While the "Cars" franchise is seen by film fans as a blight on the mostly peerless Pixar record, a strictly-for-kids giggle-fest that contains little of the emotional nuance or visual invention that defines the studio's best work, it still, for better or worse, remains a perennial cash cow. Between the two feature films, a handful of delightful shorts, the Carsland section of the Disney California Adventure theme park (which will soon be cloned for Florida's Disney's Hollywood Studios), an untold number of toys, several videogames and this summer's abhorrent-looking spin-off "Planes" (which isn't explicitly a Pixar product but was cheekily introduced in a "Cars" short on the "Cars 2" DVD), the "Cars" franchise generates billions of dollars annually for the Walt Disney company. So like it or not, "Cars" shit is gonna be around for a while. The latest example is three micro-sized short films. Plus, we have an intriguing rumor about a creepy Johnny Depp robot being installed in a beloved Disney attraction.
First, the three short films are bite-sized blasts, all directed by Jeremy Lasky, executive produced by John Lasseter and animated by the recently-opened Pixar Canadian campus. Instead of merely being "Cars" Toons, as the earlier shorts have been identified, this is part of a series called "Tales from Radiator Springs," which, for the more cynically minded, all happen to be more than a little synergistically poised to promote aspects of the Cars universe that people (people just like you!) can now visit while vacationing at Disney California Adventure theme park. Imagine that.
Anyway, the first (and arguably best) short, "Hiccups," has cocky racecar Lightning McQueen (Keith Ferguson filling in for Owen Wilson) coming down with the hiccups. All of the residents of Radiator Springs try their own methods to relieve him of his problem, to hilariously misguided effect. The second, "Bugged," is a very sweet short about the big fire engine Red being plagued by small bugs (that look like VW Bugs, of course). It's cute and sweet and if you're an animation super-nerd, you'll be agog at the wonderful physics generators used on the puddle one of the bugs gets stuck in. The third short, "Spinning," makes us think that this really is a bid for Carsland visitors, since it takes place at Luigi's tire shop -- home to, in the park, a groaningly lame ride that is in desperate need of attention. It's kind of cute, but far more nakedly tie-in-ish than the others, something that makes it way less fun. You'll have to click on the links to watch 'em because corporate synergy doesn't apparently include embeddable videos.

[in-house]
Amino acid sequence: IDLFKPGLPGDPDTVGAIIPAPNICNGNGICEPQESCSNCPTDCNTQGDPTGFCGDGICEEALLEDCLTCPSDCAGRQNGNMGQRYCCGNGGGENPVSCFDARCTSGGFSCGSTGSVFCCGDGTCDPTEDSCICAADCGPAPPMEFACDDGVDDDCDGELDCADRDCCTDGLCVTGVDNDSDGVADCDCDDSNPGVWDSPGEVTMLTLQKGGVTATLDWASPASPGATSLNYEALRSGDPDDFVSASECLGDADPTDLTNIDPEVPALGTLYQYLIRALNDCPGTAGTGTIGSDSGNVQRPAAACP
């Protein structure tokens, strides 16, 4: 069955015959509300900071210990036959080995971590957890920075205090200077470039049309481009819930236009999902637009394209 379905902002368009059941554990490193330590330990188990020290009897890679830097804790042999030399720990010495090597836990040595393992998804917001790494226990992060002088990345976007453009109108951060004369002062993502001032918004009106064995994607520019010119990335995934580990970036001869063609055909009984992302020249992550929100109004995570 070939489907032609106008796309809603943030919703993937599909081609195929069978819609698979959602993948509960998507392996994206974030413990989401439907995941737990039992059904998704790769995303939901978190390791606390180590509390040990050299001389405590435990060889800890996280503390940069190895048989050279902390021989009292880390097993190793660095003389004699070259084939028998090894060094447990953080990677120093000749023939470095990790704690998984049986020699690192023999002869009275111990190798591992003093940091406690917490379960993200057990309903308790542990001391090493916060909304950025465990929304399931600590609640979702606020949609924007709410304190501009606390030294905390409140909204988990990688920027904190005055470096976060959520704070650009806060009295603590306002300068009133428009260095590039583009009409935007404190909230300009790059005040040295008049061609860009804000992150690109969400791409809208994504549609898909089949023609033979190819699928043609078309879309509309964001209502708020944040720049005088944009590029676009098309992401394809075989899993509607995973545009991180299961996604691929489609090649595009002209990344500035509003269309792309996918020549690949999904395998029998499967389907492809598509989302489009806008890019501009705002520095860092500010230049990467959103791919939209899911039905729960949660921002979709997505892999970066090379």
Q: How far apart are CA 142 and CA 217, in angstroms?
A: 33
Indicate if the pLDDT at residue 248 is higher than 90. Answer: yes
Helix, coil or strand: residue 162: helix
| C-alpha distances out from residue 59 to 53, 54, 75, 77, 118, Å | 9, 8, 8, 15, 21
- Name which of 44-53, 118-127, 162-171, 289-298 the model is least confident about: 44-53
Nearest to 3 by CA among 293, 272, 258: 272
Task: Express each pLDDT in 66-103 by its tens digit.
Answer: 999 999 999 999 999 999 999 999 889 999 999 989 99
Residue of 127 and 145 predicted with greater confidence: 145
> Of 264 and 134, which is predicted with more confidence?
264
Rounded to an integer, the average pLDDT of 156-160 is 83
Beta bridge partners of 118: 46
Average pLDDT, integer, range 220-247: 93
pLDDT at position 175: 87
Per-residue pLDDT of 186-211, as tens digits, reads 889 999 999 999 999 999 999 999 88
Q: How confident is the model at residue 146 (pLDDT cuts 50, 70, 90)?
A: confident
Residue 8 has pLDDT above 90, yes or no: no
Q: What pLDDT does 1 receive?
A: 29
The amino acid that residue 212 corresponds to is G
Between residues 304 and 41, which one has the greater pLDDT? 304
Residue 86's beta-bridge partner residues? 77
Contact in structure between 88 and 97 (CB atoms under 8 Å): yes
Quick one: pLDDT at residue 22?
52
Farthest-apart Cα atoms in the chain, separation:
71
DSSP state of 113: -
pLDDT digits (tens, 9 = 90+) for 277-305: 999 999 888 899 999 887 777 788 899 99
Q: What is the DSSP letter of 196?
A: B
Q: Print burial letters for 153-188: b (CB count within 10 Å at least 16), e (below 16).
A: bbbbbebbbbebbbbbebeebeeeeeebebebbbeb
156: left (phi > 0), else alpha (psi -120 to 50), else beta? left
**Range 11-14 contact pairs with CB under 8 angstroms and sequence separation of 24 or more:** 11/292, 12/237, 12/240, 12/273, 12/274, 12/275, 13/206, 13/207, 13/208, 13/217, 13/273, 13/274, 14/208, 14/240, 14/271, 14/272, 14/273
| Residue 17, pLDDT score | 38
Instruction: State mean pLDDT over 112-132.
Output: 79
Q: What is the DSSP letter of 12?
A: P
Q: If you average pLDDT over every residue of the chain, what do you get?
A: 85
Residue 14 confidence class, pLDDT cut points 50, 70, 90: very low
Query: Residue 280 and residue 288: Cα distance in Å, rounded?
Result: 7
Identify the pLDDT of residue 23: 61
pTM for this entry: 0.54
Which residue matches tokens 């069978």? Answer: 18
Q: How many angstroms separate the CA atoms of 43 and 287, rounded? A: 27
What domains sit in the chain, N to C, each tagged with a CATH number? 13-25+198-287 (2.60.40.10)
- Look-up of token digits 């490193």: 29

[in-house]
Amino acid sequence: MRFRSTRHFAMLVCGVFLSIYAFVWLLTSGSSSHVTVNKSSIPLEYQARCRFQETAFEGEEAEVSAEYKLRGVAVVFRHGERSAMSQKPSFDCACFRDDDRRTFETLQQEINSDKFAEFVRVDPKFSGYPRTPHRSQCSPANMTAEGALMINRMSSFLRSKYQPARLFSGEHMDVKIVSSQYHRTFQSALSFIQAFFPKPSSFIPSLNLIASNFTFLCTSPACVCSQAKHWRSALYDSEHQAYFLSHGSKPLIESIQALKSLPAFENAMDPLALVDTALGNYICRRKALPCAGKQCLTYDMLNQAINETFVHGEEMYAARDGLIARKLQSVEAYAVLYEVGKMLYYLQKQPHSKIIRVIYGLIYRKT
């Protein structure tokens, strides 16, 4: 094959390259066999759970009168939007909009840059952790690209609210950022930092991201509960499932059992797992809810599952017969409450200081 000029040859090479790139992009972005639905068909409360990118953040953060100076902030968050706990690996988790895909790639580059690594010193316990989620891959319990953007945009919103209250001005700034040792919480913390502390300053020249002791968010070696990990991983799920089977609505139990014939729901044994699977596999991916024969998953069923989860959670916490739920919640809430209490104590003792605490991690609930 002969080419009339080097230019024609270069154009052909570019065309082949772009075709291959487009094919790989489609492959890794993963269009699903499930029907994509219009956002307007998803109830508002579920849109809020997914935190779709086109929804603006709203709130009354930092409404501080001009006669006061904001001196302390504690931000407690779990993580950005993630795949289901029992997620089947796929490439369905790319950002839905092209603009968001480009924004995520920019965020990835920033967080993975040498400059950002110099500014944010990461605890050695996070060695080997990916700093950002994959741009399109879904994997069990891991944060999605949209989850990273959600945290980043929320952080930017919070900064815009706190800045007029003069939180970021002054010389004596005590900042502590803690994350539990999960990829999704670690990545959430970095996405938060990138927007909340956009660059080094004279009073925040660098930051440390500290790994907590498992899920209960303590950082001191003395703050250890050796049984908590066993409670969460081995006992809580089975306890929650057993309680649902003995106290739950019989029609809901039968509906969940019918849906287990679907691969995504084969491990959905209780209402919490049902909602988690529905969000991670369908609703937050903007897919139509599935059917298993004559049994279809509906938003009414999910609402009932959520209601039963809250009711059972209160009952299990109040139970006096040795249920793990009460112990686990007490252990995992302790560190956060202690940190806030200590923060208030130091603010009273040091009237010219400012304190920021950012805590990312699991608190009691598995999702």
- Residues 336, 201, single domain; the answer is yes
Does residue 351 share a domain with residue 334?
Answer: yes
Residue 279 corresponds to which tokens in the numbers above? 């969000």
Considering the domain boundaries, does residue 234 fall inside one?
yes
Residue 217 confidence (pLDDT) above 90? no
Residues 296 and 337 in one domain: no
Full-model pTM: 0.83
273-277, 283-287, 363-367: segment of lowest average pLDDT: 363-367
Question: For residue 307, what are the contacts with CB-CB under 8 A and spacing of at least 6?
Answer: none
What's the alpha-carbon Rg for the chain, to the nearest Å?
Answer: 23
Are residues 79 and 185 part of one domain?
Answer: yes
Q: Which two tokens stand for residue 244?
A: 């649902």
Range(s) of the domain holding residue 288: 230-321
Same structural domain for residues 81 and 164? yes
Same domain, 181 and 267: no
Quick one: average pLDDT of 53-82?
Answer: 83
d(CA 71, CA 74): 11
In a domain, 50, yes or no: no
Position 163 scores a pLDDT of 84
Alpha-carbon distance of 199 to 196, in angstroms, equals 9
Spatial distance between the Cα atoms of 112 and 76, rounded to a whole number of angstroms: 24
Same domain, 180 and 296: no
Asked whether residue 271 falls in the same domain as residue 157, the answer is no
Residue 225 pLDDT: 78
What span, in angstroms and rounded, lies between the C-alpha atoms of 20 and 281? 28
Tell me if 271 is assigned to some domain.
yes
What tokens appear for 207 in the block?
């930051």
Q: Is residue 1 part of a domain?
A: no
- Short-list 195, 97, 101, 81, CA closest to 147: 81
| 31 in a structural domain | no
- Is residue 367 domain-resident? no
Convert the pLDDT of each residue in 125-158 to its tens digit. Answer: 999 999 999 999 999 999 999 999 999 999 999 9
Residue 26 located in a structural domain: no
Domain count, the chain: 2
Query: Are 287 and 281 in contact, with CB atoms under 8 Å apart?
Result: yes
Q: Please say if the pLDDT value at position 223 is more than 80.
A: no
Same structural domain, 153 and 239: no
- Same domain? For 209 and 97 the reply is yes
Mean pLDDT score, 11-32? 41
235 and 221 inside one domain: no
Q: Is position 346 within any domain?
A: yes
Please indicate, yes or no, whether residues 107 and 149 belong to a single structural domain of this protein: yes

Speaking of the Disney parks, Disney historian Jim Hill indicates, in a recent podcast, that the company are in the early stages of planning to install new audio-anamatronic figures of Johnny Depp and Armie Hammer, from this summer's "The Lone Ranger," into a revamped version of Big Thunder Mountain Railroad, a thrill ride located in Frontierland. For those of you keeping score at home, this would be the second eerily lifelike Johnny Depp robot to inhabit the Disney parks after, in 2006, a lifelike Captain Jack Sparrow audio-anamatronic figure was added to the Pirates of the Caribbean ride (a kind of theme-park version of the snake that eats its own tail).
Of course, as Jim Hill notes, the 'Lone Ranger' modifications are dependent on whether or not the movie is the blockbuster Disney higher-ups believe it can be. If the movie bombs, then the ride will remain unmolested, if it's a smash then all of the Big Thunder Mountain Railroads worldwide (including parks in Paris and Tokyo) will be receiving Tonto and Lone Ranger upgrades. We'll find out when "The Lone Ranger" opens on July 3rd.